I do agree about NYC. I would try to avoid that city as much as possible. About “government workers, who have a high level of perceived job security” some are almost impossible to fire due to the Unions. In general, a desk job for the government, in one of the administrative buildings and halls tends to be pretty secure. The government rarely fires more people when unemployment is already bad.
Author: TheModernSurvivalist
Posted: October 4, 2014, 12:13 am
If Bush was “responsible” for the disaster in New Orleans with Katrina, does that mean Obama is responsible for the Ebola mess below (not to mention the EV68 virus currently killing or paralyzing a dozen kids, as it is just getting underway. A few details of the deaths are at  Or – as always – does Obama get his usual hall pass  from the media (or, alternatively, get to blame this, too, on Bush?)
The first patient, Thomas E. Duncan, was allowed to travel freely into the U.S. from Liberia, despite, as we have learned, having hand-carried a convulsing 19-year-old woman to an Ebola clinic in Monrovia — a woman who died from the disease the next day. And despite being told two times that Duncan had been to Liberia, hospital workers sent him home with antibiotics. Home to a residence with three children. Children who then went to school. But it’s worse. Much worse. Duncan traveled through Dulles International Airport, where he had a layover of nearly three hours, and then to Dallas-Fort Worth International Airport. We were initially told that 12 to 18 people — now including a total of five children who went to four different schools — had come into contact with Duncan after he had become symptomatic. By the next day, that list had expanded to a total of 80 to 100. 
Truth be told, no superbugs, bacterial serial killers or monster maladies can touch the records set by humanity itself. Stalin, Mao and Hitler needed about 50 years to murder somewhere between 75 million to 150 million people. The multiple diseases that shared the “Black Plague” nom de maladie — mostly bubonic and pneumonic plague — needed 3,000 years to rack up similar numbers
Less than a month after Obama called Ebola’s American travel plans “unlikely,” A man named Thomas Eric Duncan, who boarded the first leg of his trip in the Ebola-ravaged country of Liberia, managed to carry what amounts to a biological weapon through an international air travel security network designed to keep people from carrying any weapons anywhere. Let me rephrase that. Duncan, who got his passport, secured a travel visa, bought a ticket and boarded multiple flights, walked off the plane in Dallas with Ebola in his carry-on.  Meanwhile, not far south of Duncan, there are people who pretty much base their existence on getting here without so much as a consideration for laws of the United States. Some of those people intend to do a lot more than just ignore our laws. In fact, according to the government’s own security intel, some of them are members of the Islamofascist terrorist group Islamic State (ISIS, ISIL or “guys who would just love to send a bunch of human dirty bombs into every booming metropolis and small town from sea to shining sea.”) Considering Obama’s current immigration policy basically entails showing even wanted murderers from our southerly neighbors to their new, taxpayer-funded accommodations, I wonder if any ISIS psychos have traded in their suicide-bomb vests for a quick shot of Ebola and a ticket to Mexico City.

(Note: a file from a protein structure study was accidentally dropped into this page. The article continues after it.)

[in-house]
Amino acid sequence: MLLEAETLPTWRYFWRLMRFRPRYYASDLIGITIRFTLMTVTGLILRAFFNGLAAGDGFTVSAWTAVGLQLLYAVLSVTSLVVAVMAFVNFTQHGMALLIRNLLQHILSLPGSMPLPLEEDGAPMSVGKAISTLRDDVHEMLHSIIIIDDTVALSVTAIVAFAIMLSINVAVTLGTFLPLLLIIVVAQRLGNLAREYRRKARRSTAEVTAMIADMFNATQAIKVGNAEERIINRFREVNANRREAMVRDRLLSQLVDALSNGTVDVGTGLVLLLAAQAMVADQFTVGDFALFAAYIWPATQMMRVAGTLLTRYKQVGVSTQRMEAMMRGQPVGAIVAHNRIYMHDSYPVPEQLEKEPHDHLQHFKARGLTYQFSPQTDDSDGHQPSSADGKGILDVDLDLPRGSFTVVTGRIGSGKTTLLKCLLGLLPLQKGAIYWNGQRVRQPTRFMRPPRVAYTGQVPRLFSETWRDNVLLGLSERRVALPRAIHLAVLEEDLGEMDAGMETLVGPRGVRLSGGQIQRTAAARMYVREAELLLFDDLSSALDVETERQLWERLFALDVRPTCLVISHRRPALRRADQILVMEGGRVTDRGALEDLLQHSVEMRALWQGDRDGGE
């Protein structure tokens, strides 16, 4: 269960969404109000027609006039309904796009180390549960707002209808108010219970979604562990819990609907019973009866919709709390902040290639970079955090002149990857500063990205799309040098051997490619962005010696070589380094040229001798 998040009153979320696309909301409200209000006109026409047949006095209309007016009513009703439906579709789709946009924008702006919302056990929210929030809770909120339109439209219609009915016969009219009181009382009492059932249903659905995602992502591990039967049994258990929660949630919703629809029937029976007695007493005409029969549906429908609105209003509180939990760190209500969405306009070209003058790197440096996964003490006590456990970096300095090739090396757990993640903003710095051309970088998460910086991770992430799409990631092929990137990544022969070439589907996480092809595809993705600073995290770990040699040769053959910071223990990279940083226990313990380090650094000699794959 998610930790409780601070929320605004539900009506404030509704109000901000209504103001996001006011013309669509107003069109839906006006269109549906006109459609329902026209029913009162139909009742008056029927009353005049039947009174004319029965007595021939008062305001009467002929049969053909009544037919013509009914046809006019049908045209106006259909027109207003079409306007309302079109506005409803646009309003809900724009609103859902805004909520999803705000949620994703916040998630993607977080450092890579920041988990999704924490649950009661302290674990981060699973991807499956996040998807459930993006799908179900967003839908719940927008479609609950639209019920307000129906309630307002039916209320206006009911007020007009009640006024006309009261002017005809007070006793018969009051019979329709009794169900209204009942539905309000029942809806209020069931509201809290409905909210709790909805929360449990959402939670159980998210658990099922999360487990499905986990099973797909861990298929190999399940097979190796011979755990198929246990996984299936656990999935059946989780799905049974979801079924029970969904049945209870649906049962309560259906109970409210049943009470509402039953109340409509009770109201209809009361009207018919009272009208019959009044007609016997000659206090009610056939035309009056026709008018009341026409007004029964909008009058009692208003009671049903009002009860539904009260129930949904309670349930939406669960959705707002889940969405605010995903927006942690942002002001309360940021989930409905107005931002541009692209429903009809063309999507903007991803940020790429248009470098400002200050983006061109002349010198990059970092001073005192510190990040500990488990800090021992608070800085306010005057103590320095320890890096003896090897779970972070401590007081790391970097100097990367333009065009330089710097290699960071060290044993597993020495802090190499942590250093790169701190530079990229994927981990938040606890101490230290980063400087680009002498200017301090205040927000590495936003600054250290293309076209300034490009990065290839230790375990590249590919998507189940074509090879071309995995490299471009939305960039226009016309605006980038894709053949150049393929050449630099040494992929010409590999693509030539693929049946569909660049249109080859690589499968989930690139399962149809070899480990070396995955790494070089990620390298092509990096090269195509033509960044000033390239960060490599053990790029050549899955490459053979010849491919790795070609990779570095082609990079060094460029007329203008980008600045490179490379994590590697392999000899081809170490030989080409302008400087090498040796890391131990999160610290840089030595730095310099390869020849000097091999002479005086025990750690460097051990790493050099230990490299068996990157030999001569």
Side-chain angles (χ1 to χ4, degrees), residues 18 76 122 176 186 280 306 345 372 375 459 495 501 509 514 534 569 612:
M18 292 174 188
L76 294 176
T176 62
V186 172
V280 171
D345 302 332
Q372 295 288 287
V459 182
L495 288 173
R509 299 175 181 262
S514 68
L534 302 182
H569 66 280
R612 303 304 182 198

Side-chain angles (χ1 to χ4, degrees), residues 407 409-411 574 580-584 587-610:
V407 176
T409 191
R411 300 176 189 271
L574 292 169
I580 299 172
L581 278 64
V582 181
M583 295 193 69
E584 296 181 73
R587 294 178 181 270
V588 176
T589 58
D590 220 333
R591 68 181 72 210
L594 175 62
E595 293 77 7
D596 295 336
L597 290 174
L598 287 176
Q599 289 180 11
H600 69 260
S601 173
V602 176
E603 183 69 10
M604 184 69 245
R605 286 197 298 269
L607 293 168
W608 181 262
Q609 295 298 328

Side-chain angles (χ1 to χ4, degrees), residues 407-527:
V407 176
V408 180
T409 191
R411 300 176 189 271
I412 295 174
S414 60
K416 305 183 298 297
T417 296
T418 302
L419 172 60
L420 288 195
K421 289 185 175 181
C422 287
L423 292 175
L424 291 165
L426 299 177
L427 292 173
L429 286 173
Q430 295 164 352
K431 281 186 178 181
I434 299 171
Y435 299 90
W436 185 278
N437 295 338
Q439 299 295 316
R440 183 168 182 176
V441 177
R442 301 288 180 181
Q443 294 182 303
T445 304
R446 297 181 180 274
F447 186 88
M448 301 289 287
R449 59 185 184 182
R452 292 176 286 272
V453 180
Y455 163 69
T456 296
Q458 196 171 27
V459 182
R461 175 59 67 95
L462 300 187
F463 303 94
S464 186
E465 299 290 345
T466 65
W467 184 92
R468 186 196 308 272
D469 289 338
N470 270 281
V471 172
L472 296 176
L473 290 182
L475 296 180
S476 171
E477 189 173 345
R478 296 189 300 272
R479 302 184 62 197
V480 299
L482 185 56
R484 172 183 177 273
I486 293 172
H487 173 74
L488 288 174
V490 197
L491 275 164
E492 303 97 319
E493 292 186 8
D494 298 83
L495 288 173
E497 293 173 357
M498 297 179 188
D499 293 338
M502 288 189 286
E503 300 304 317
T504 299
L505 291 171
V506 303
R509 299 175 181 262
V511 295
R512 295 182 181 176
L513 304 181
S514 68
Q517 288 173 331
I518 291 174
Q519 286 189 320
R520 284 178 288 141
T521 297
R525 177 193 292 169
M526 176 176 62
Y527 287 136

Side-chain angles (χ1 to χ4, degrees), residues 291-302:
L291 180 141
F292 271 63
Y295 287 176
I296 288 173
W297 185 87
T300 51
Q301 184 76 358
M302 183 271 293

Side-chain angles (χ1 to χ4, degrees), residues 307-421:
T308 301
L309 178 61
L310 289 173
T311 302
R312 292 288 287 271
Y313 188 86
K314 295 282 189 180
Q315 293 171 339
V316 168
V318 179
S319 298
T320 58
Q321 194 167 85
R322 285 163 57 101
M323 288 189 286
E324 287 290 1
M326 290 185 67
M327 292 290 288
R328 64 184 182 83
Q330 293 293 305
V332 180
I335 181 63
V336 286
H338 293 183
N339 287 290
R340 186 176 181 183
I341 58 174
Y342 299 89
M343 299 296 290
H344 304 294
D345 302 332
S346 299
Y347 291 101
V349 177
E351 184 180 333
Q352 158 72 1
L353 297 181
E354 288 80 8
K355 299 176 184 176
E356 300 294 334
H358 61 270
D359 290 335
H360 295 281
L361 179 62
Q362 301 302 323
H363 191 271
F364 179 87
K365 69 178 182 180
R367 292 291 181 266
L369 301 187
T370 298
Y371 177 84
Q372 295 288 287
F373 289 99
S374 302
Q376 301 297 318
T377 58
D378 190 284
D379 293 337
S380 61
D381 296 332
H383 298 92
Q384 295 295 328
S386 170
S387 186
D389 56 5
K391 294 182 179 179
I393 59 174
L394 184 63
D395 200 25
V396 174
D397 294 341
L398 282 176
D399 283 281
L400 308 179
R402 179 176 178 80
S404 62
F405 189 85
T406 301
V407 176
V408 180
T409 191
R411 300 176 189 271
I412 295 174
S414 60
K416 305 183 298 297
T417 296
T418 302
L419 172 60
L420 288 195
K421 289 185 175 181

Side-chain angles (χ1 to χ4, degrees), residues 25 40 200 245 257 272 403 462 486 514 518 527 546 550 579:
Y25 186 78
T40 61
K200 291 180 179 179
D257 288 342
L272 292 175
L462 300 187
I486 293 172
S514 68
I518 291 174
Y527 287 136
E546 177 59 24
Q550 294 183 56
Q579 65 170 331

Excerpted from
Author: TheModernSurvivalist
Posted: October 3, 2014, 11:08 pm

The video is an interview of “Baby” Etchecopar. This guy is a jorunalist/actor that was involved in a pretty brutal home invasion in Buenos Aires.
The video is in Spanish unfortunately but it he explains how he survived during the kind of nightmare many of us often think about for hours: What do you do when you see a guy walk into your kitchen, Glock 9mm in hand and tells you they have your family hostage upstairs. Baby was eating chicken in his kitchen when that happened.
 At gunpoint he’s forced upstairs, pushed and pistol whipped over the head, as the criminal takes him upstairs he tells him they will rape his daughter. Upstairs the nightmare continues. In the bedroom he finds two more men, along with his son and his girlfriend, his wife and his pregnant daughter. One of them is hitting his daughter on the belly while putting a gun to his son’s head. The other one also threatens them with a gun while beating his wife. As soon as the two criminals in the room see Baby one of them recognizes him. He has a tv and radio show and is often outspoken about the crime problem in the country and the importance of self defense. “That’s Etchecopar, shoot him!” one of them says. The criminal that keeps him at gunpoint pulls the trigger but nothing happens. He hits Etchecopar with the pistol in the throat and Baby goes down. The criminal racks the slide and a round drops to the ground. Etchecopar hears a shot being fired. He doesn’t know due to the confusion but his son was just shot. As Etchcopar falls he goes for a gun he keeps in a night table. 14 years ago a former guerilla commander bought it for him as a present “You need a gun. One day it will save your life”. The man that said that was Rodolfo Galimberti, former Montonero, an Argentine leftist urban guerrilla and subversive group. Etchecopar (a right wing conservative) had heavily criticized Galimberti in his show but one day they met and started talking. Galimberti said he heard what Etchecopar had said about him and that he was right in his claims. They ended up becoming friends and went to the range where Galimberti bought the gun for Etchecopar. The Glock .40 was then loaded and left in the night table, not a round fired.